If you are going to harvest your own seeds, wait until the plant blooms. Once the flower heads have turned brown, cut the flower stalks so that they are about 6 inches in length. Then, place them in a paper bag, tie the bag off, and hang in a well-ventilated to dry. Once dry, the seeds will fall into the bag and then you can plant.
The second way pennyroyal can be propagated is through division. This is easily done by removing your pennyroyal from its container or if planted in the ground from its confinement. Now, take a knife or use your hands and tear down through the root dividing the plant as many times as you would like. Replant in the ground or plant as described previously.
The third way to propagate pennyroyal is through stem cuttings. Pennyroyal is covered with little white hairs that cover the stem and leaves. These little hairs when encouraged to do so will turn into roots. This can be done in two different ways. One a simple water rooting method can be employed. This is done by cutting the step about to six inches long at an angle. Once that is done, cut the stem again and then place in a glass of water. Change the water at least every other day until you begin to see roots appear.
Another approach to use is to root in the soil. This can be done by taking a cut as above and dipping the cut end in a rooting hormone or honey. Then poke a hole in the prepared pot and place the stem. Gently push the soil together and water in.
For both methods described above, always remove any leaves along the stem that may touch the water or soil.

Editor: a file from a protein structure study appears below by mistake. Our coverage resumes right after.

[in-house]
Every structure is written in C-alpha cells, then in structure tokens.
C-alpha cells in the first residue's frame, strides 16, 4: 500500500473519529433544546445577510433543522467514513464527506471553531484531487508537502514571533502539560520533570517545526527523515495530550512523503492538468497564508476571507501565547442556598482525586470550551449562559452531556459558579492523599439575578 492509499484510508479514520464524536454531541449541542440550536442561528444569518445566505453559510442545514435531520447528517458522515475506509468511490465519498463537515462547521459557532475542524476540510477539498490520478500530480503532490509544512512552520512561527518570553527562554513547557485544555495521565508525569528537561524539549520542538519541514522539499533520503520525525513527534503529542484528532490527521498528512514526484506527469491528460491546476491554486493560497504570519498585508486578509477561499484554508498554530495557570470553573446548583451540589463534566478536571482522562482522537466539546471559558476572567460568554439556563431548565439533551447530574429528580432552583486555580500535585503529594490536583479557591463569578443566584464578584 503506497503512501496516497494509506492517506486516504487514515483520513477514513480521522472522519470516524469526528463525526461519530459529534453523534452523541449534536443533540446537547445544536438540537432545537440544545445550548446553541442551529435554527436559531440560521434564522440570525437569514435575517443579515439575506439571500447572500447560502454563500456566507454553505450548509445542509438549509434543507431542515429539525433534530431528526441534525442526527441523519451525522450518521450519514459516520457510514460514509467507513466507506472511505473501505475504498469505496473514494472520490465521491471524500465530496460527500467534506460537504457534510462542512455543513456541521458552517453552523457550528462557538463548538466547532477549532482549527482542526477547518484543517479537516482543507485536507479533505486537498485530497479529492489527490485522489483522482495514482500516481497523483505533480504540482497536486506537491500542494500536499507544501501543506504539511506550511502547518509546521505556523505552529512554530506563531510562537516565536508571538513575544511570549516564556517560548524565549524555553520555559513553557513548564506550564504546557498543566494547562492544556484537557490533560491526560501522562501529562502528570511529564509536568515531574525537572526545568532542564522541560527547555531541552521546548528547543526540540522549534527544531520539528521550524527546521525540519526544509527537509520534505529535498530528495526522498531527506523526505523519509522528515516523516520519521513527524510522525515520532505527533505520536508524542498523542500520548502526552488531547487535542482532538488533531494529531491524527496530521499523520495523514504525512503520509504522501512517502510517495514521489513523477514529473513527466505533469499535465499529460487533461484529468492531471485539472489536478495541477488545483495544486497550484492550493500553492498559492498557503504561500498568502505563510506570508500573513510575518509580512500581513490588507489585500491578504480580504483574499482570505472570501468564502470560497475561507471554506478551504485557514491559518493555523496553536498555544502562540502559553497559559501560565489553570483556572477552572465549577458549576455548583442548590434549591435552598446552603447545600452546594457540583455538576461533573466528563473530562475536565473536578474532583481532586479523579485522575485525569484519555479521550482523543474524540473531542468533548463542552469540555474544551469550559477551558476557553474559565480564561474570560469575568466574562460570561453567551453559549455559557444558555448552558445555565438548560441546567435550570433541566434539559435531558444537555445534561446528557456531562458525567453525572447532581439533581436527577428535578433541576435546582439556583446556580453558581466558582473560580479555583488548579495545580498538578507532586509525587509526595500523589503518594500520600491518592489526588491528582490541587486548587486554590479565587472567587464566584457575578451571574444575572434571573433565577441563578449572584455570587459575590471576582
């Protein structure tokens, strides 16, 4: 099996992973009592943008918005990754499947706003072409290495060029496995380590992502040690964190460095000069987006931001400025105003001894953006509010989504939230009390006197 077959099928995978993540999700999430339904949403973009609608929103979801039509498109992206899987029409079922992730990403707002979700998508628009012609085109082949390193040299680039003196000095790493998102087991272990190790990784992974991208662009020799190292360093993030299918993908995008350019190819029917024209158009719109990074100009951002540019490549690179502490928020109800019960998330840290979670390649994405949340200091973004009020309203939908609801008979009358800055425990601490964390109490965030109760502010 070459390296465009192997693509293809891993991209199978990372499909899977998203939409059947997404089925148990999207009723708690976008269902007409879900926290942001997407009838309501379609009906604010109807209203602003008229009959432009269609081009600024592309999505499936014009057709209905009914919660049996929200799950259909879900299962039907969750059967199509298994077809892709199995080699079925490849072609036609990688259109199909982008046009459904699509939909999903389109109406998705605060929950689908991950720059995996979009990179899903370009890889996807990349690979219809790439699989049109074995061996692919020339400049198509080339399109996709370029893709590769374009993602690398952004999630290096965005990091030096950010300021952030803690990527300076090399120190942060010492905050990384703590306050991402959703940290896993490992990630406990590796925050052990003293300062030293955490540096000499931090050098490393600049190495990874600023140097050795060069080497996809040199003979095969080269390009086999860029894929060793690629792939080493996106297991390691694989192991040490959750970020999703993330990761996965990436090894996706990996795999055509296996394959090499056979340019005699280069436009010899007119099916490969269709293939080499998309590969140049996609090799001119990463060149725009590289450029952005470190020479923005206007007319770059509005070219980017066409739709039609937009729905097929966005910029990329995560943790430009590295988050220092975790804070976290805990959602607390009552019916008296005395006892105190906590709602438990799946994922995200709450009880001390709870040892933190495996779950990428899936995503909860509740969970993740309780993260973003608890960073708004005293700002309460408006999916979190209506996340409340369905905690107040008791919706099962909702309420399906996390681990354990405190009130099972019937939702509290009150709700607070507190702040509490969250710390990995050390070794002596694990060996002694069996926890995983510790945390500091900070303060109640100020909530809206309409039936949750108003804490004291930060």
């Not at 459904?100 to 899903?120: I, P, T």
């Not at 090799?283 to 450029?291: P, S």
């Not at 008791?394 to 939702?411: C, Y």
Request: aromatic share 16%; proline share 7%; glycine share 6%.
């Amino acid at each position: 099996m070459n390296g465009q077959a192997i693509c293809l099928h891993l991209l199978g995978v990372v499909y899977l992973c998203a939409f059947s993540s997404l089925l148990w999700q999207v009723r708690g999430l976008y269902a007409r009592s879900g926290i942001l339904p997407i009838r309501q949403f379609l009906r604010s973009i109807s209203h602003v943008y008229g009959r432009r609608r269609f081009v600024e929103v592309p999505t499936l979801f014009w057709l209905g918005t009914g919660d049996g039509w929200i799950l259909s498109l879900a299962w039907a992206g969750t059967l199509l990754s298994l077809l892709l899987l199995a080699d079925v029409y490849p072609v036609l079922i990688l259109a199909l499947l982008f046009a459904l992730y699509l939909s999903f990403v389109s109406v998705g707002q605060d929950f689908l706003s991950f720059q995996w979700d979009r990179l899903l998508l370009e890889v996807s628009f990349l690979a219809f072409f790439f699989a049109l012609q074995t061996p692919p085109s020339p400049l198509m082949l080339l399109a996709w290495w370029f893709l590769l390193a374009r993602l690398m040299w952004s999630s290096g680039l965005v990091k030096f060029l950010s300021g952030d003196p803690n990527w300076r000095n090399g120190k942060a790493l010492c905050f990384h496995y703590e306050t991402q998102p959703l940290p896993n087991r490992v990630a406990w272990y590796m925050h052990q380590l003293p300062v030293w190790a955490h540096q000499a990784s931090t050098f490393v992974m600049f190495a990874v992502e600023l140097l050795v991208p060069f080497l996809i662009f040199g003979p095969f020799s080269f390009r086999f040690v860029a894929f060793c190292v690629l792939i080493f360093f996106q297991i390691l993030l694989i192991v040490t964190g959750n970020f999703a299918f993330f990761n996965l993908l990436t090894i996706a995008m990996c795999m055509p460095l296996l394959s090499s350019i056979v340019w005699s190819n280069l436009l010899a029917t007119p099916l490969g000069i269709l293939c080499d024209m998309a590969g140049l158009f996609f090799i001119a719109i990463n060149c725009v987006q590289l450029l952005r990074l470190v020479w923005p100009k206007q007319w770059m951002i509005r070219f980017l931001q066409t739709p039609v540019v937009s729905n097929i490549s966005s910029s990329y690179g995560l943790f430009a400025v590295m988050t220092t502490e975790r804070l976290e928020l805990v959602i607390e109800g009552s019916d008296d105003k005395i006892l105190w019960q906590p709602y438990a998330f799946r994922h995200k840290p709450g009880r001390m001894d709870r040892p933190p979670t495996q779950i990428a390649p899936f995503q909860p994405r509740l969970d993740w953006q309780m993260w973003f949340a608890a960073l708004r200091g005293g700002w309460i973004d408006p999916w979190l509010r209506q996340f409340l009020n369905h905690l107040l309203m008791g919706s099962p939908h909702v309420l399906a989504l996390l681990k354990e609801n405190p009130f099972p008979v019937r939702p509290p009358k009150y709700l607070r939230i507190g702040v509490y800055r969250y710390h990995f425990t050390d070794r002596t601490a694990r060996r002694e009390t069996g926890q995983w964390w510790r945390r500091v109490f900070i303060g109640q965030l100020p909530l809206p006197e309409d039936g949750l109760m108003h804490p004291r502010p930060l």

Regardless of which propagation method you choose, there will come a time that you want to move your plant outside. This should be done gradually over a two week period after your local frost-free date. Once this has been done, it is time to display in its container or plant outside. As far as the container garden aspect, this has been covered previously but this herb’s outside requirements have not been covered. The herb pennyroyal will survive outside in USDA Plant Hardiness Zones 6 through 9. It goes to a height of 18 inches so plan your garden space accordingly. This plant loves a loamy soil that is moist but not wet and one that receives partial shade.
Since pennyroyal is considered an invasive species, you will need to confine it somehow. The type of confinement you use will need to be more than a border. A rubber landscape trim that can be forced into the ground will work. Another idea is to bury your pot in the ground. But if you do this, make sure the container is large enough to hold the plant for a couple of growing seasons. The last idea is to use cinder blocks. The open squares on the side are perfect for plants and the concrete sides will keep the roots of this herb contained.
Pennyroyal is not only a beautiful plant but also a well-known insect repellent. Colonists planted this herb around the foundation of their homes. This simple act kept mice, flies, and fleas out of the home. While pennyroyal is an excellent insect repellent it is a dangerous plant especially for women. To prevent any problem, always wash your hands after handling any part of the plant.